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hopeful2020PhD

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About hopeful2020PhD

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    2020 Fall

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  1. I know it happens, but I am not sure how often. Someone from admissions or the appropriate program director might be able to give you more information. A few thigns. I got a masters degree. The first time I was adamant that my experience, grades, and GRE would be enough. I also gave an oral presentation at APHA and met folks at the schools I later applied to. I did research and got a few more papers under review before my apps went in. Also, I changed the programs I applied to. I only applied to 3 programs, identified specific teams I wanted to work with, and had phonecalls/zoom calls
  2. I believe that Harvard PHS acceptances are all sent out on the same day (except some folks who will be admitted off the waitlist), and rejections are typically released the week after acceptances. I am not on an admissions committee, so take my understanding of the process with a grain of salt.
  3. If there are any admits to the Harvard Chan Population Health Sciences PhD who want to chat with a current student, DM me. Full disclosure, I really love my program (I'm in epi). But, I know I had questions about the PhD programs I applied to that I wasn't comfortable asking faculty about, so I am happy to give you candid nitty-gritty answers. Congrats. To those who didn't recieve an acceptance: I hope you all get accepted to wonderful, funded programs this year, but don't give up if things don't pan out. I applied to PhD programs twice. I have faith we each end up on the path we n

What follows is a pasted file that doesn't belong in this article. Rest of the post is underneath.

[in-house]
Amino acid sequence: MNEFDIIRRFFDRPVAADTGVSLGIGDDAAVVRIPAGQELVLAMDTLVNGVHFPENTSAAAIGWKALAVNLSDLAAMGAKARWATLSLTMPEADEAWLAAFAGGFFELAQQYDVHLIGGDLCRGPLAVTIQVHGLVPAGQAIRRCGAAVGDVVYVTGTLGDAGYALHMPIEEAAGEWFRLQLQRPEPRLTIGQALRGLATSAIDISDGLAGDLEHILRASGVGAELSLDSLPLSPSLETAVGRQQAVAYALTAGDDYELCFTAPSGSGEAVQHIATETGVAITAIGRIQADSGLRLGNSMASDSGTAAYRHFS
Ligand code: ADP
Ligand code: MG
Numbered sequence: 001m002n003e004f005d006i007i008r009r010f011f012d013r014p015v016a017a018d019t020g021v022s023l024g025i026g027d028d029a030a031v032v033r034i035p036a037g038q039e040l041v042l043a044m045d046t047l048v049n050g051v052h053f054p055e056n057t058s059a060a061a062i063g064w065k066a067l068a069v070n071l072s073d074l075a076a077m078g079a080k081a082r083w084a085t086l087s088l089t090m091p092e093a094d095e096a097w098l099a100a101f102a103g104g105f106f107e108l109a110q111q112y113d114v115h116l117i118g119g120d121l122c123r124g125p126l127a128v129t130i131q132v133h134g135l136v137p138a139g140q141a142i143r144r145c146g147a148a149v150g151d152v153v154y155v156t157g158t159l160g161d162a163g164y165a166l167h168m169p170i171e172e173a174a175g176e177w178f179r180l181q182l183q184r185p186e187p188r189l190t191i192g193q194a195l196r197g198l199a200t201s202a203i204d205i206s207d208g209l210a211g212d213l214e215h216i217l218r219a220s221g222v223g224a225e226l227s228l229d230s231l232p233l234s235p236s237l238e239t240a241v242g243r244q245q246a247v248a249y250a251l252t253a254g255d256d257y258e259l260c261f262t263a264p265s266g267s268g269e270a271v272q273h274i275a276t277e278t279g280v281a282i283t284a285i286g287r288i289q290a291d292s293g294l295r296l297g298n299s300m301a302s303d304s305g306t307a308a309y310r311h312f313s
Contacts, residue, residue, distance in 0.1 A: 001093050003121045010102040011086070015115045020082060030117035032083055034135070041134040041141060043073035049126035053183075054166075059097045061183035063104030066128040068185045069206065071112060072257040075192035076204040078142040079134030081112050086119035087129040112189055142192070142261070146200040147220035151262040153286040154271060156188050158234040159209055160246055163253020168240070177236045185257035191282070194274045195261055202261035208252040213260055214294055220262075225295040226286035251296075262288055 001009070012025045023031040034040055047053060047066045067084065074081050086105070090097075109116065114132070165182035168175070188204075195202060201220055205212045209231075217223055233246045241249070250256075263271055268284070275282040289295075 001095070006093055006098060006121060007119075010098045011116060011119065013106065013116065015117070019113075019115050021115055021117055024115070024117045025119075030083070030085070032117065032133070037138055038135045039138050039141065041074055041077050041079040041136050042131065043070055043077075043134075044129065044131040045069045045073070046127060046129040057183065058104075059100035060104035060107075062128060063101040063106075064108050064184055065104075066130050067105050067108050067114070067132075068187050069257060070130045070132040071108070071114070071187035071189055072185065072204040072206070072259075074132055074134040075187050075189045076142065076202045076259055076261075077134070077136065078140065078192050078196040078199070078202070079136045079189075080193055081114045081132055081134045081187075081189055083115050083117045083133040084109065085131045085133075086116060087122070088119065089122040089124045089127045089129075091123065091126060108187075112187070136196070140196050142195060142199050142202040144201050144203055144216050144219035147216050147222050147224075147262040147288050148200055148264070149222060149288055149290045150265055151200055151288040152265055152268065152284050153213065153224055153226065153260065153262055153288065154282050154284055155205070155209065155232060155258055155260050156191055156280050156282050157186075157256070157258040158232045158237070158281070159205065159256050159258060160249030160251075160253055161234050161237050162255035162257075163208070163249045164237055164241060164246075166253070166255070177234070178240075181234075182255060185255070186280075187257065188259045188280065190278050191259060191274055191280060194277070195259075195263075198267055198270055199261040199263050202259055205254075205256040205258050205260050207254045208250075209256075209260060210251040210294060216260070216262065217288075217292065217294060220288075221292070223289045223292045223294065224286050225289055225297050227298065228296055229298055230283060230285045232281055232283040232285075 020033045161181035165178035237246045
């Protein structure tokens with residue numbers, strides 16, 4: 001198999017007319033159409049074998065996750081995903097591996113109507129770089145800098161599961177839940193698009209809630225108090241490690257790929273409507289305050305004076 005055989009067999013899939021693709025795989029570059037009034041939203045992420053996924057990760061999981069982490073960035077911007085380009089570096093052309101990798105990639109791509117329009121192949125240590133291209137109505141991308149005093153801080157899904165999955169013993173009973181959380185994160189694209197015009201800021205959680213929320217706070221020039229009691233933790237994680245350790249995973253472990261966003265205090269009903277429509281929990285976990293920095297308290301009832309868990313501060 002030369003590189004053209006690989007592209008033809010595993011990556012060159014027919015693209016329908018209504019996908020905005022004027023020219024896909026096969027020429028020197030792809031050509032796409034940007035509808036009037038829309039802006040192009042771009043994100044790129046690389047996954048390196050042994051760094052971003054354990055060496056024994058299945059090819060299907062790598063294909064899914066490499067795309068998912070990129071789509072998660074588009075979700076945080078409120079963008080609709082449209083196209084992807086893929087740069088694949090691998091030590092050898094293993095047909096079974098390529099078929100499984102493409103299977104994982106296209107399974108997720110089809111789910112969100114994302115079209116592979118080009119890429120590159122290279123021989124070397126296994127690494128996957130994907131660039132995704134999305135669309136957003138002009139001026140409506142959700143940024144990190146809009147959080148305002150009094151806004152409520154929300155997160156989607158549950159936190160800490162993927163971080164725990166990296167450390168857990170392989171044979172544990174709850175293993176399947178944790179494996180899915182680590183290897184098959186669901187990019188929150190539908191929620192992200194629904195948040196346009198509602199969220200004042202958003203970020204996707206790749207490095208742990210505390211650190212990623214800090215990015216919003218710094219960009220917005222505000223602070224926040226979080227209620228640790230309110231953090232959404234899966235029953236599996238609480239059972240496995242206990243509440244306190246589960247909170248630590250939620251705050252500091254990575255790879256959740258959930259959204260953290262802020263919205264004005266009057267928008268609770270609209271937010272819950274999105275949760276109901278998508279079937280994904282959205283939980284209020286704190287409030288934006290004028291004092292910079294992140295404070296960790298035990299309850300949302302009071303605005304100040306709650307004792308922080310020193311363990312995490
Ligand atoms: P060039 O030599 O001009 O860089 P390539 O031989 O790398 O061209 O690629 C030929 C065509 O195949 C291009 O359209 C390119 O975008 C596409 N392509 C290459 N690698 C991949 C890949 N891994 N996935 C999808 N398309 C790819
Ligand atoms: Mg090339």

4. I have no way of knowing what it is like at other schools, but an administrator told current students at HSPH that apps are up 50% for the entire Population Health Sciences PhD program. More than 800 applications for ~45 seats.
  5. Last year I recieved my interview invite on January 21st. Also, this year applications are up >50%, so the recruitment process could take longer than usual. But, I honestly don't know.